After the article came out, Rocker threatened the reporter who wrote it. Not long afterward, he was sent back to the minors, spending six days there. The Braves claimed his stint was due to his poor performance and not his behavior, but it spelled the end of Rocker's time with the team. He played for the Indians and the Texas Rangers, making headlines there again when he made anti-gay remarks in a Texas restaurant in 2002. Rocker ended his major league career with the Tampa Bay Devil Rays in 2003. Two years later, he signed with an independent minor league team, the Long Island Ducks, and was released that same year.
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Author's Note: 5 Baseball Players Sent Back to the Minors
Like I said, I'm a baseball fan, but that doesn't mean that I knew a lot about the history of some of these players. I enjoyed learning more about some players who were little more than names to me before. There are plenty of players who moved up and down in the minors, and in and out of the majors, during the course of their careers. So I tried to find the unique stories within that basic designation of getting "sent back." Every player who signs with a major league baseball team dreams of making it out of the farm system, but of those who do, many of them don't go on to have a significant career in the majors. There are just too many factors and too few slots.
- Associated Press. "Rocker on." CNN Sports Illustrated. March 2, 2000. (July 25, 2012)http://sportsillustrated.cnn.com/baseball/mlb/news/2000/03/01/rocker_suspension_ap/
- Associated Press. "Rocker rocks the boat again." CBS News. Feb. 11, 2009. (July 25, 2012)http://www.cbsnews.com/stories/2002/08/06/national/main517634.shtml
- Associated Press. "Rocker sorry for remarks." Los Angeles Times. Aug. 6, 2002. (July 25, 2012)http://articles.latimes.com/2002/aug/06/sports/sp-bbnotes6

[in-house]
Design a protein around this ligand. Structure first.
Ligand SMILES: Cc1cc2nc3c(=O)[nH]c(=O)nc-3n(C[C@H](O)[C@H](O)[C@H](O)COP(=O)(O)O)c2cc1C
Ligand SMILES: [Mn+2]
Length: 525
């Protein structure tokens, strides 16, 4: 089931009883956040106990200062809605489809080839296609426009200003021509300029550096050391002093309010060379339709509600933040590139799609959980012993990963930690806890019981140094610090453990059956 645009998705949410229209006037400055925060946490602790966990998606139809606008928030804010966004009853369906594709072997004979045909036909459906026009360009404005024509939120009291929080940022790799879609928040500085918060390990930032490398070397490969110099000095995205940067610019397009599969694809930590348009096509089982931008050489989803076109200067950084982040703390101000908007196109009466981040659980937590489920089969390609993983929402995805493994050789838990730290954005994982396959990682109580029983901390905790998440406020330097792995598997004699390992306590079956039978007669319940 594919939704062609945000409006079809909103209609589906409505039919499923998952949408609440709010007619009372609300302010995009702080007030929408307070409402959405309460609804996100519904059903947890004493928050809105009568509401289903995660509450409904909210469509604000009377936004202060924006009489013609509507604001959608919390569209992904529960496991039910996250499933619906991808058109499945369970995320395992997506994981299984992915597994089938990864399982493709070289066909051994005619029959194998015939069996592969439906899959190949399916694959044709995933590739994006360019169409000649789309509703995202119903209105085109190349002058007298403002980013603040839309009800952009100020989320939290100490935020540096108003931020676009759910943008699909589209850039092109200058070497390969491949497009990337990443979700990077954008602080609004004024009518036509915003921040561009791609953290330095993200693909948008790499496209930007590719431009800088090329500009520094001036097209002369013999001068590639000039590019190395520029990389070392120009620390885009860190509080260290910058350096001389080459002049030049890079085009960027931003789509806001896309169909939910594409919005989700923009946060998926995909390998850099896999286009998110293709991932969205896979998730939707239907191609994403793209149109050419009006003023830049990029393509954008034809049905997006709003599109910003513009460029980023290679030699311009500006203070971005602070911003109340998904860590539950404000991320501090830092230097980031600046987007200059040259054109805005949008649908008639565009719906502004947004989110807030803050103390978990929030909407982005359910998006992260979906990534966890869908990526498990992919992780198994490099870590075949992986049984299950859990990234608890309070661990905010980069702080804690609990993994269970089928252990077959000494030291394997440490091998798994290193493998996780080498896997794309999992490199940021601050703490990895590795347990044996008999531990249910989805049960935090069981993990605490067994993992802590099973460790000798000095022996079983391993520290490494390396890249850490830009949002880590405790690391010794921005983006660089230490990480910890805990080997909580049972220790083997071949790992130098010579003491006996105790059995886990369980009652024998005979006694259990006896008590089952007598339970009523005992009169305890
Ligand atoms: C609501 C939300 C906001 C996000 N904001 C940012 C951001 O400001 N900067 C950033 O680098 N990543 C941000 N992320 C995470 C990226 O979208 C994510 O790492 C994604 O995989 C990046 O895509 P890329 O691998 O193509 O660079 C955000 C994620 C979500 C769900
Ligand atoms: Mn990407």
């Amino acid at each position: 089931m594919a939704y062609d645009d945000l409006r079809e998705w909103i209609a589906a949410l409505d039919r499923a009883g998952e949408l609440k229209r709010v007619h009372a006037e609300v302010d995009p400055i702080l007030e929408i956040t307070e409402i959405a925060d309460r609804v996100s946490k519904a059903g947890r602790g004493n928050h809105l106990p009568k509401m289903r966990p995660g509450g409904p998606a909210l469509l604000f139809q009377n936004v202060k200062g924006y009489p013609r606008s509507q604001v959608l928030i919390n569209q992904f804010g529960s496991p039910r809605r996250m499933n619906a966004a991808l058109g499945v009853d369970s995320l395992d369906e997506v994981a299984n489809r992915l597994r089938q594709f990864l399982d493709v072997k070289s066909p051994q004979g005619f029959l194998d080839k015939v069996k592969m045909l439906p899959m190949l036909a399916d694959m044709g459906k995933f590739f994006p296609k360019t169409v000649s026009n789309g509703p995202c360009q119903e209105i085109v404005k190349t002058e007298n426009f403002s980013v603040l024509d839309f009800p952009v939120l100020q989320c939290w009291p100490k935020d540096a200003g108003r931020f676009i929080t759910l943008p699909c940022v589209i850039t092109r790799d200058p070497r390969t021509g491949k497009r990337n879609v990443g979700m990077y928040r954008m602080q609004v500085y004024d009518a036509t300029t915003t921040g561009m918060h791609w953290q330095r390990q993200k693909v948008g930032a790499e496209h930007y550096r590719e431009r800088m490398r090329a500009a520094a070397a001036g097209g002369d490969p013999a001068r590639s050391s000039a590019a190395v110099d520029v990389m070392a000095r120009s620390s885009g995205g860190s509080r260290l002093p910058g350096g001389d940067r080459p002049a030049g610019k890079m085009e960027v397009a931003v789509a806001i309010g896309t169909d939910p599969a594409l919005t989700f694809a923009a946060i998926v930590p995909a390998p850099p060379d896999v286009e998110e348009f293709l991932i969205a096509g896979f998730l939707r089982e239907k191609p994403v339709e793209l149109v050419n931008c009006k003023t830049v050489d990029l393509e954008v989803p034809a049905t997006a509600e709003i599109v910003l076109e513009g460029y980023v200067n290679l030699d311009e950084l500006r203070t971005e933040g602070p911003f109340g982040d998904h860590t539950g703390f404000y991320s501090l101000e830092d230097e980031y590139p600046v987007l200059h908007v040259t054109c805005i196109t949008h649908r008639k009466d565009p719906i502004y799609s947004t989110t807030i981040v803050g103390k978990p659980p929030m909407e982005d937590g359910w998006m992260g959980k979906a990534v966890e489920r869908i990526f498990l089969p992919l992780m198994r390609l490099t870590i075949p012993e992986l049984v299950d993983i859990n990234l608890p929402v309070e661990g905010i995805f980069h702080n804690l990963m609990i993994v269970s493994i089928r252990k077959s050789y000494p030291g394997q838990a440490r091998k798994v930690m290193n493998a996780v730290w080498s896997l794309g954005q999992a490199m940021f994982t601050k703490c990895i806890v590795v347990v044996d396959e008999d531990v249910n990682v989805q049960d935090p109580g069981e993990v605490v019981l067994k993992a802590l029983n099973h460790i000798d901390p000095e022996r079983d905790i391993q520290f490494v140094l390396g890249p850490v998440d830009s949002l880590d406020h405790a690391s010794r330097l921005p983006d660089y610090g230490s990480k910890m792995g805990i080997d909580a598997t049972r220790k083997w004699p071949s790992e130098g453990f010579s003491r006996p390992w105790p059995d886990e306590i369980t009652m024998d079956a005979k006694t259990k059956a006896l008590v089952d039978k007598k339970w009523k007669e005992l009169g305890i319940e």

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- ESPN Go. "Harmon Killebrew dies at 74." May 18, 2011. (July 25, 2012)http://sports.espn.go.com/mlb/news/story?id=6559023
- Gavin, Patrick. "John Rocker is still throwing heat." Politico. July 16, 2012. (July 25, 2012)http://www.politico.com/news/stories/0712/78555.html
- Groeschen, Tom. "Pete Rose Jr. wants to manage in the majors." Cincinnati.com. Jan. 22, 2012. (July 25, 2012)http://news.cincinnati.com/article/20120121/SPT/301210048/Pete-Rose-Jr-wants-manage-majors
- Harmon Killebrew.com. (July 25, 2012) http://harmonkillebrew.com/index.html
- John Rocker.net. (July 25, 2012) http://www.johnrocker.net
- Joura, Brian. "Using Nick Evans to Explain MLB option rules." Mets 360. March 6, 2011. (July 25, 2012)http://mets360.com/?p=6172
- National Baseball Hall of Fame. "Babe Ruth." 2012. (July 25, 2012)http://baseballhall.org/hof/ruth-babe
- National Baseball Hall of Fame. "Harmon Killebrew." 2012. (July 25, 2012)http://baseballhall.org/hof/killebrew-harmon
- The New York Times. "National League Roundup; Braves Recall Rocker From Minor Leagues." June 14, 2000. (July 25, 2012)http://www.nytimes.com/2000/06/14/sports/national-league-roundup-braves-recall-rocker-from-minor-leagues.html
- Pearlman, Jeff. "At Full Blast." Sports Illustrated. 2000. (July 25, 2012)http://sportsillustrated.cnn.com/features/cover/news/1999/12/22/rocker/
- Rothman, Lily. "Emancipation of the Minors." Slate. April 3, 2012. (July 25, 2012)http://www.slate.com/articles/sports/sports_nut/2012/04/minor_league_union_thousands_of_pro_baseball_players_make_just_1_100_per_month_where_is_their_c_sar_ch_vez_.html
- The Seattle Times. "Mariner Log -- Rodriguez Unlikely To Return To Tacoma." June 15, 1995. (July 25, 2012)http://community.seattletimes.nwsource.com/archive/?date=19950615&slug=2126443
- Treder, Steve. "Cash in the Cradle: The Bonus Babies." The Hardball Times. Nov. 1, 2004. (July 25, 2012)http://www.hardballtimes.com/main/article/cash-in-the-cradle-the-bonus-babies/